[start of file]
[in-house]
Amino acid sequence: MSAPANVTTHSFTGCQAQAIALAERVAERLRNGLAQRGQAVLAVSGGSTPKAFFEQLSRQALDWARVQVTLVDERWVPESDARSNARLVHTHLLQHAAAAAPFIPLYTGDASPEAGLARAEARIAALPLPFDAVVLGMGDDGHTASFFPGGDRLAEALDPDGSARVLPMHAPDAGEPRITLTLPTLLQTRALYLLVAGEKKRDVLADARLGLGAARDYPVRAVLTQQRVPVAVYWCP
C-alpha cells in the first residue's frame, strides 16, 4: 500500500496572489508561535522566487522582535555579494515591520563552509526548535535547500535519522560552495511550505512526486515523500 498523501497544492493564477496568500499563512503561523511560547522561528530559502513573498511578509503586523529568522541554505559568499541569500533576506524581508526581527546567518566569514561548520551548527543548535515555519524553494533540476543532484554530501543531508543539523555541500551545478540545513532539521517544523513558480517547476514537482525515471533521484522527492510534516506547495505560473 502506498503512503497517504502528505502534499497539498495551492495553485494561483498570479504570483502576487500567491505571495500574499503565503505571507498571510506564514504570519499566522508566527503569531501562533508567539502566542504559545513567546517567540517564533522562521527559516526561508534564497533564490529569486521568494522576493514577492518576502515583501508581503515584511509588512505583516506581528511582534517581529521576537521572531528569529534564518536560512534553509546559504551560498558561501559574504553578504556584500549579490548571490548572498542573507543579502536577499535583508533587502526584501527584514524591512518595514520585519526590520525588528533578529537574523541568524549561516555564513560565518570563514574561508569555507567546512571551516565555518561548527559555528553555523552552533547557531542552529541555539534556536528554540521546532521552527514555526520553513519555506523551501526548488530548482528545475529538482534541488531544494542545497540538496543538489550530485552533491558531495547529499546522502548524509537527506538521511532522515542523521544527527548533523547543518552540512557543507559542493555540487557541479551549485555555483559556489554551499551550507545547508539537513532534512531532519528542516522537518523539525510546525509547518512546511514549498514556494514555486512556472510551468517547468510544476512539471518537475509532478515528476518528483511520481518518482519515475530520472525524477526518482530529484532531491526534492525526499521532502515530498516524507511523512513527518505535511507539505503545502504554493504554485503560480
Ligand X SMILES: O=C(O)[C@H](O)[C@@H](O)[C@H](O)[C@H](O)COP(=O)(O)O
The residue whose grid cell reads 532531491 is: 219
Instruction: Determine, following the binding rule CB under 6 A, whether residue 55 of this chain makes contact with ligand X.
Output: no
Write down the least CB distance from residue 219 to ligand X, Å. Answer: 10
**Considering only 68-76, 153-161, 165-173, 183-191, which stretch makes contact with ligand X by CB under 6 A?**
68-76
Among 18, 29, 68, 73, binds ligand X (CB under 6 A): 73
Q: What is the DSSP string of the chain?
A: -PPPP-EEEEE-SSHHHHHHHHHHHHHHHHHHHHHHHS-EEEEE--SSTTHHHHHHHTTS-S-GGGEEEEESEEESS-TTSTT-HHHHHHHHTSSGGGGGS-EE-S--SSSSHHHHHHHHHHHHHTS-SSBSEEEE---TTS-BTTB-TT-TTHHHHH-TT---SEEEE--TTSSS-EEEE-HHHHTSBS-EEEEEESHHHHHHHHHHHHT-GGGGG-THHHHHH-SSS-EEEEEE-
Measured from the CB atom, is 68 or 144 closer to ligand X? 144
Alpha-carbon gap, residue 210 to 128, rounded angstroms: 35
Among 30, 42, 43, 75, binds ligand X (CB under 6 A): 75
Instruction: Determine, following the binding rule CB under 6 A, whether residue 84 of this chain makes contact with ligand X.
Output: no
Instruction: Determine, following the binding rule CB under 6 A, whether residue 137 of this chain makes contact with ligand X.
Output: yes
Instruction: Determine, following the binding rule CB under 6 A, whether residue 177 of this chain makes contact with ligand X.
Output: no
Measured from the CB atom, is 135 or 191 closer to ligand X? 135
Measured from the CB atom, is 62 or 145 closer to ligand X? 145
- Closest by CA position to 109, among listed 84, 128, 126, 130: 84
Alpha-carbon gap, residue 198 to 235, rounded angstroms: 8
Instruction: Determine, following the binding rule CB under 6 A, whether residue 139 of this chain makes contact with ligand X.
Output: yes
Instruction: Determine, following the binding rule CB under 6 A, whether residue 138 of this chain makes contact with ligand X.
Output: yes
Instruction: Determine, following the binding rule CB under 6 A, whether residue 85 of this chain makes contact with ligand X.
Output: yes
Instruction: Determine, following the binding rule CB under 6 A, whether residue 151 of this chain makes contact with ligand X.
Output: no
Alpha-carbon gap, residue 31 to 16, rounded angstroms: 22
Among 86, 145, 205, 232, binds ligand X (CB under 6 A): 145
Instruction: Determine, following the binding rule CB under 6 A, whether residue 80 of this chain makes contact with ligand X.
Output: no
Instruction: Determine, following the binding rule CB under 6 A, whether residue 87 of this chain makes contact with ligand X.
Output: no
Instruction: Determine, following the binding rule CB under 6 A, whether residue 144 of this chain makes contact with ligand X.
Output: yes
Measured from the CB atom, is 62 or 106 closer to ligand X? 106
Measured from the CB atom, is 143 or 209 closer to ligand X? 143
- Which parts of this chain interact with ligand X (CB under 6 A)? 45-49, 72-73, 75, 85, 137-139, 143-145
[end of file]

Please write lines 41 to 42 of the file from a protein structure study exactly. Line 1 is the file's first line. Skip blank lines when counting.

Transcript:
Instruction: Determine, following the binding rule CB under 6 A, whether residue 144 of this chain makes contact with ligand X.
Output: yes